Teaching is fundamentally about human interactions, and that can’t be replaced by technology.
I was once asked by a group of educational state representatives if the flipped classroom would allow them to hire less teachers. They surmised that in this day and age where you can find virtually anything on the Internet, and any subject taught on YouTube, what is the value of the classroom teacher? When I heard this question, I came unglued. They had missed the point of the flipped classroom. They had the misguided notion that teaching is the pouring out of information from one person (the teacher) into another (the student).
Fortunately, I was able to explain how teachers are in fact more valuable when they teach using a flipped approach. If all teachers did was deliver content, then maybe the legislators were right. But I believe students need teachers physically there. This is because we humans are, as a whole, relational beings. And teaching is a social interaction between teacher and students and students and students. Our students need us more than they need a video made by someone they don’t know teaching them something they may or may not want to learn about. Teaching is fundamentally about human interactions and that can’t be replaced by technology.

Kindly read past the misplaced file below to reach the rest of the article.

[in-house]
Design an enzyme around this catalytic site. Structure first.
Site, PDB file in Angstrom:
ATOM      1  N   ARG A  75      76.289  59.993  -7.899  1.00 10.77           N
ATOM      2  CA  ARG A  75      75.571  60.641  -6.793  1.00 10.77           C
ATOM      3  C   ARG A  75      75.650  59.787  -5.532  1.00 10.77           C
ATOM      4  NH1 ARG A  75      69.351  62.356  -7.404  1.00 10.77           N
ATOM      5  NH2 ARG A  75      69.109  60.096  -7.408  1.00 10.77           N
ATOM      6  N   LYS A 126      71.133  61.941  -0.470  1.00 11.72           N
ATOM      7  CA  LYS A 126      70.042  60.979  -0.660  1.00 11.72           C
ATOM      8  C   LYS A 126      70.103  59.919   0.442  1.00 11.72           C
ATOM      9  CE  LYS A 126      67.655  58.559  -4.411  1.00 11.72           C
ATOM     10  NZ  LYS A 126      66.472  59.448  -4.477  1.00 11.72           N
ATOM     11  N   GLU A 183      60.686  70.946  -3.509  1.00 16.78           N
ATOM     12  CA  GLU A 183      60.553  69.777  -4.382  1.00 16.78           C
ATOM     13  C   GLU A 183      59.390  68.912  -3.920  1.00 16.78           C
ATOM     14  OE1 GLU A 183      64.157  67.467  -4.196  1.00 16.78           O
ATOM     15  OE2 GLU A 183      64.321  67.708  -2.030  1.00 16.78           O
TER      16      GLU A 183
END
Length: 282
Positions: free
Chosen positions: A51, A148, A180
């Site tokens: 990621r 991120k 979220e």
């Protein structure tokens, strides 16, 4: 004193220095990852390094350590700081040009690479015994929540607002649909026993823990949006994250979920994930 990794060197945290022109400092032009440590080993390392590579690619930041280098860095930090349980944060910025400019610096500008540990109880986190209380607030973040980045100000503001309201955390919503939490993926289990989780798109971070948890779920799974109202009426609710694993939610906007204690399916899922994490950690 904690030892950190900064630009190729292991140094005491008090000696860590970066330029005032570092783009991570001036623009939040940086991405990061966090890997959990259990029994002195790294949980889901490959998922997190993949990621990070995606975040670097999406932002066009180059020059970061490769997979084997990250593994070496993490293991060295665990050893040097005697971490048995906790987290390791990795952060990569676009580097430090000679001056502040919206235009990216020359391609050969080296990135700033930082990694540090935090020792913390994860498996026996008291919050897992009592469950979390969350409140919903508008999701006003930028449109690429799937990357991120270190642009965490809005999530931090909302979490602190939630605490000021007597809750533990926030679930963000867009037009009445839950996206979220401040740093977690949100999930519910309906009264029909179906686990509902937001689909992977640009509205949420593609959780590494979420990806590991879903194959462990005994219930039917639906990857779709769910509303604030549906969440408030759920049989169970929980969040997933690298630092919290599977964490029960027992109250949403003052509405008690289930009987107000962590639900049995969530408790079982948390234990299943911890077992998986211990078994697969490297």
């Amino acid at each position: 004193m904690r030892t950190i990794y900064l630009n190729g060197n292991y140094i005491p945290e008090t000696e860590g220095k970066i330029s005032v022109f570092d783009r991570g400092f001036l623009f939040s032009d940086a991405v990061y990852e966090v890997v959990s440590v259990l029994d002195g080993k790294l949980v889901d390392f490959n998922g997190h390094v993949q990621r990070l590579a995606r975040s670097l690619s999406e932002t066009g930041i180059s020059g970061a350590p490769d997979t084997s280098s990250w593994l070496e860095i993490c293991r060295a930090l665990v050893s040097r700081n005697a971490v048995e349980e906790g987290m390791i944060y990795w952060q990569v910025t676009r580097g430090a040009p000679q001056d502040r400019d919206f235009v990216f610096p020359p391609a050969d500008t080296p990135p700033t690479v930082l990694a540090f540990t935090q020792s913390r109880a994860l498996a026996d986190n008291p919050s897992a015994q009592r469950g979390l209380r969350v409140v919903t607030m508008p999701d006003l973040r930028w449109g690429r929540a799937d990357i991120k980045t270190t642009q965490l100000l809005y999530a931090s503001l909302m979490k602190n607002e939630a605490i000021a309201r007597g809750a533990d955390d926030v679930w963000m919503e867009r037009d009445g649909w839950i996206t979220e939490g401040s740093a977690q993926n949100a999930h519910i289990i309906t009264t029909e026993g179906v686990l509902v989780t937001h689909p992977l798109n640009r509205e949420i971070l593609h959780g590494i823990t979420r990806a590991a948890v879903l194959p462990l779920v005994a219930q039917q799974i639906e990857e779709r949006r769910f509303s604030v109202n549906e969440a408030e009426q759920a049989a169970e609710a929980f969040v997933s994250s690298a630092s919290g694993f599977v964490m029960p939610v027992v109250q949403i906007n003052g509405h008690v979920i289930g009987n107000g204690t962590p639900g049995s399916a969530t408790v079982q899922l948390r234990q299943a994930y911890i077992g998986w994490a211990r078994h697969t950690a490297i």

The reason Flipped Learning makes teachers more valuable is that it changes the dynamic of the classroom. No longer is content delivery the focus of the class, nor is the teacher’s main responsibility the dissemination of knowledge. Instead, teachers take on the role of a facilitator of learning. They are able to work with students in small groups and have more one-on-one interactions. The simple act of removing the direct instruction (lecture) from the whole group changes the dynamic of the room and allows the teacher to personalize and individualize the learning for each student. Each student gets his/her own education which is tailored to his/her needs. Instead of a one size fits all education-each student gets just what they need when they need it.